Anything that generates heat and/or friction will eventually burn or wear out (for example, a light bulb generates heat, therefore its life span is limited). With this in mind, a running engine generates tremendous amounts of both; friction is encountered by the moving and rotating parts inside the engine and heat is created by friction and combustion of the fuel. However, the engine has systems designed to help reduce the effects of heat and friction and provide added longevity. The oiling system reduces the amount of friction encountered by the moving parts inside the engine, while the cooling system reduces heat created by friction and combustion. If either system is not maintained, a break-down will be inevitable. Therefore, you can see how regular maintenance can affect the service life of your vehicle. If you do not drain, flush and refill your cooling system at the proper intervals, deposits will begin to accumulate in the radiator, thereby reducing the amount of heat it can extract from the coolant. The same applies to your oil and filter; if it is not changed often enough it becomes laden with contaminates and is unable to properly lubricate the engine. This increases friction and wear.
There are a number of methods for evaluating the condition of your engine. A compression test can reveal the condition of your pistons, piston rings, cylinder bores, head gasket(s), valves and valve seats. An oil pressure test can warn you of possible engine bearing, or oil pump failures. Excessive oil consumption, evidence of oil in the engine air intake area and/or bluish smoke from the tailpipe may indicate worn piston rings, worn valve guides and/or valve seals. As a general rule, an engine that uses no more than one quart of oil every 1000 miles is in good condition. Engines that use one quart of oil or more in less than 1000 miles should first be checked for oil leaks. If any oil leaks are present, have them fixed before determining how much oil is consumed by the engine, especially if blue smoke is not visible at the tailpipe.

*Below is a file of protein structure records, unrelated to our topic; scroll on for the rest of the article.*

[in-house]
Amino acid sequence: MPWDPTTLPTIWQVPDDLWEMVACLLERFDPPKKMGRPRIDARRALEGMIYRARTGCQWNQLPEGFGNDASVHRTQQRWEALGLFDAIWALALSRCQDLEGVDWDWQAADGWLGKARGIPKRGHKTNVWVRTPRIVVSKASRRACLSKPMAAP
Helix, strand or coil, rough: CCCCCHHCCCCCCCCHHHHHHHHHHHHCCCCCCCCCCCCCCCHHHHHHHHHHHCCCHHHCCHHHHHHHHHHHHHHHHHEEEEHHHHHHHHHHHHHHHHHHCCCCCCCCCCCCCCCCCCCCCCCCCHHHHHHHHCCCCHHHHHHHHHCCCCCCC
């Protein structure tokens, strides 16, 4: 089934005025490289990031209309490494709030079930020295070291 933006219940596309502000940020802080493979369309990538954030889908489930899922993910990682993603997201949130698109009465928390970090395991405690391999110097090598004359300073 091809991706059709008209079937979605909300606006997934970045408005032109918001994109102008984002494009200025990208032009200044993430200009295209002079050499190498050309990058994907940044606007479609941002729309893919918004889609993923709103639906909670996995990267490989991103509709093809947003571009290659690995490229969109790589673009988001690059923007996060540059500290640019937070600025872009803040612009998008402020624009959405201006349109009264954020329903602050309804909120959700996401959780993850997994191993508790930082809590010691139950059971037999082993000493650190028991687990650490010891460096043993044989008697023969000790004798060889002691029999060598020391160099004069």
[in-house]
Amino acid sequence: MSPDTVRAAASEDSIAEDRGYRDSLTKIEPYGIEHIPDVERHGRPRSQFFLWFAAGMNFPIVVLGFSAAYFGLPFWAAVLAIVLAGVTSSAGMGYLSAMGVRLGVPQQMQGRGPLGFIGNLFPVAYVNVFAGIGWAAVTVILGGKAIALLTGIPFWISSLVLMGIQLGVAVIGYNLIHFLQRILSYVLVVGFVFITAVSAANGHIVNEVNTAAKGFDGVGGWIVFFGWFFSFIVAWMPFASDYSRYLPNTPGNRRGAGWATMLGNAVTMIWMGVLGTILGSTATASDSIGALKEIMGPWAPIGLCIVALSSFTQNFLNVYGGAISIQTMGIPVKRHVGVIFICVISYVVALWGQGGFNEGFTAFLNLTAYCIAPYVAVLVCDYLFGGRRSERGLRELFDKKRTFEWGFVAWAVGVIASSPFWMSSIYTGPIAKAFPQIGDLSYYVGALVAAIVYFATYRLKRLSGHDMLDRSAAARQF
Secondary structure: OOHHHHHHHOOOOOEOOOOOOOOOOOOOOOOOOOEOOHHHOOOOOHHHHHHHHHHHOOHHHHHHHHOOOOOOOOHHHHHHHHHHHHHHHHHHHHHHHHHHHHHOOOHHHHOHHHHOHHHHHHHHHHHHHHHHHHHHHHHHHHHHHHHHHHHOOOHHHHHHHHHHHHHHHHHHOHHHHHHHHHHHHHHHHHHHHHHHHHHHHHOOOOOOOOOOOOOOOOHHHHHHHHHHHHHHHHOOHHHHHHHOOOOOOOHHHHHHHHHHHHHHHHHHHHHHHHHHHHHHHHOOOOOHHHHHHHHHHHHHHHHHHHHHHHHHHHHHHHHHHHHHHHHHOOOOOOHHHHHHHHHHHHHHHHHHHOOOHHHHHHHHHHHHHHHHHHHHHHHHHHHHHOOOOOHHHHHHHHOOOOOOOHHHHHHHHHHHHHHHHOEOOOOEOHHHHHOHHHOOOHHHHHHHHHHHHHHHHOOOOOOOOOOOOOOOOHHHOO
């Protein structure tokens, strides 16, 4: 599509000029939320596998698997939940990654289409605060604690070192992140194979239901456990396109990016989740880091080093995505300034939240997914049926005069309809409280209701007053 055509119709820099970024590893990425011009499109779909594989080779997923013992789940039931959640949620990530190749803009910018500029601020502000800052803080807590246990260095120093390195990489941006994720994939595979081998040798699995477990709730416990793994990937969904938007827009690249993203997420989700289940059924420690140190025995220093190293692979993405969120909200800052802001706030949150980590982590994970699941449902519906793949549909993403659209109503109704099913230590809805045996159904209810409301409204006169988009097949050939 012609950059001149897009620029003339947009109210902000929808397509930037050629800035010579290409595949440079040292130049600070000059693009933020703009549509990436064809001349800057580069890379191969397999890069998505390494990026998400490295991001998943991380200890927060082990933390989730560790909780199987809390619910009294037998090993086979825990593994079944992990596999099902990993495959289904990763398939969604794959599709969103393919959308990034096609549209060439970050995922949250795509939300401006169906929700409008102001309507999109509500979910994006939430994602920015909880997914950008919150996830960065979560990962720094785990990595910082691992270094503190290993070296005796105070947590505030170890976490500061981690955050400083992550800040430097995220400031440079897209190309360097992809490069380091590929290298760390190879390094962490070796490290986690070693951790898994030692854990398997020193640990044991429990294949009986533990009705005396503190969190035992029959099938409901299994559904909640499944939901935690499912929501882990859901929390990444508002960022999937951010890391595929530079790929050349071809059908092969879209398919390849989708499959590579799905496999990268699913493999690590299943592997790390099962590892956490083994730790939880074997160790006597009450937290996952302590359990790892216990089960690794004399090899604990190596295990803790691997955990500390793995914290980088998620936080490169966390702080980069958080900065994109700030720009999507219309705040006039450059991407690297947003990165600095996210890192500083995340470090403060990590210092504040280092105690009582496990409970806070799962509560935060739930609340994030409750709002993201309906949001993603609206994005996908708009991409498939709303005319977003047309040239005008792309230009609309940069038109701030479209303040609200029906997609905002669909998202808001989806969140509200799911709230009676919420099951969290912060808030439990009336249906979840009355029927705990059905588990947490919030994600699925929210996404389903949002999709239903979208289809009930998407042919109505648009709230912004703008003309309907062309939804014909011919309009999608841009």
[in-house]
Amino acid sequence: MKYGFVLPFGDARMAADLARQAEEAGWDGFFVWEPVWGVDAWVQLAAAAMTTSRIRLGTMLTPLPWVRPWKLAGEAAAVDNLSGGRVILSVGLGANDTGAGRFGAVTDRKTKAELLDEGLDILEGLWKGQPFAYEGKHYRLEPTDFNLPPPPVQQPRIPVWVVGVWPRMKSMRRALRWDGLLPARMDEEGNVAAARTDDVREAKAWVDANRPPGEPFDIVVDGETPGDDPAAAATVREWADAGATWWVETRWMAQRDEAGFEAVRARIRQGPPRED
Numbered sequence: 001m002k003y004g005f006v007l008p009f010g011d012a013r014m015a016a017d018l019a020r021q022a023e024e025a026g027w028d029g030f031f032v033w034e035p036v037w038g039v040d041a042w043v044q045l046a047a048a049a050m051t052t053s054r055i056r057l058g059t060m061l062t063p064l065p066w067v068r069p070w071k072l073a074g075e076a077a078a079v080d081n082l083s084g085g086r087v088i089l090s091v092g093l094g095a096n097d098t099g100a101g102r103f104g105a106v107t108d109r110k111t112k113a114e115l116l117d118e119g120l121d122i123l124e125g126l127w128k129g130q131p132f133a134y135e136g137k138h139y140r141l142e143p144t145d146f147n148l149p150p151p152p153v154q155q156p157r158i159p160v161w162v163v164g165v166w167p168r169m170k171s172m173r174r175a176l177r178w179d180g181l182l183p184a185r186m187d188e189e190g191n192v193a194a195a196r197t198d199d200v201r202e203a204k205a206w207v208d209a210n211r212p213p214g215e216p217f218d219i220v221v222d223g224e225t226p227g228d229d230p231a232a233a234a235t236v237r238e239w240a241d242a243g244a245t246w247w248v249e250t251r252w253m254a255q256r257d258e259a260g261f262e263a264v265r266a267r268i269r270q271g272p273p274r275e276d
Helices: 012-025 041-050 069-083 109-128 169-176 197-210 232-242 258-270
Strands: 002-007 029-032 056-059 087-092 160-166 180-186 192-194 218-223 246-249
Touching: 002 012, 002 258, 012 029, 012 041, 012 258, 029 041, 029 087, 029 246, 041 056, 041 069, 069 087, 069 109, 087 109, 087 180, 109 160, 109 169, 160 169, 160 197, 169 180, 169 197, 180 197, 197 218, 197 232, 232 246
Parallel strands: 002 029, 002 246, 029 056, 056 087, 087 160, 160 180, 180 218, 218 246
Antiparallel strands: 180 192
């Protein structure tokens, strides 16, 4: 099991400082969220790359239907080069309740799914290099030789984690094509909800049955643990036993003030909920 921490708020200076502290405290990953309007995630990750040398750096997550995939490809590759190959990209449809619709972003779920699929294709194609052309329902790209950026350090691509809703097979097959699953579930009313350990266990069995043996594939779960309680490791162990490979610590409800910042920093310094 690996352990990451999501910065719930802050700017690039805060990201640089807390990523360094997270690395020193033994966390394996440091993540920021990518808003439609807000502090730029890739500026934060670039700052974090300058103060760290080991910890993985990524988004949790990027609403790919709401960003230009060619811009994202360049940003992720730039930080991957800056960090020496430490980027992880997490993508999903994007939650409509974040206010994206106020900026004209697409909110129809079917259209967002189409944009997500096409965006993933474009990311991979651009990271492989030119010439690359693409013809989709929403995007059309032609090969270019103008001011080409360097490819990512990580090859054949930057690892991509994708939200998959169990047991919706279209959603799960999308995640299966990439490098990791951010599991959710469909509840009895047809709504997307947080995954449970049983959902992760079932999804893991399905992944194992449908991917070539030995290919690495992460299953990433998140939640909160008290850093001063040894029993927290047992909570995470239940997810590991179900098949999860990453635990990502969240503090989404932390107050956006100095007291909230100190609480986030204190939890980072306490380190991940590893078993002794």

See Figure 1
A noticeable lack of engine power, excessive oil consumption and/or poor fuel mileage measured over an extended period are all indicators of internal engine wear. Worn piston rings, scored or worn cylinder bores, blown head gaskets, sticking or burnt valves, and worn valve seats are all possible culprits. A check of each cylinder's compression will help locate the problem.
A screw-in type compression gauge is more accurate than the type you simply hold against the spark plug hole.
Although it takes slightly longer to use, it's worth the effort to obtain a more accurate reading.
- Make sure that the proper amount and viscosity of engine oil is in the crankcase, then ensure the battery is fully charged.
- Warm-up the engine to normal operating temperature, then shut the engine OFF .
- Disable the ignition system.
- Label and disconnect all of the spark plug wires from the plugs.
- Thoroughly clean the cylinder head area around the spark plug ports, then remove the spark plugs.
- Set the throttle plate to the fully open (wide-open throttle) position. You can block the accelerator linkage open for this, or you can have an assistant fully depress the accelerator pedal.
- Install a screw-in type compression gauge into the No. 1 spark plug hole until the fitting is snug.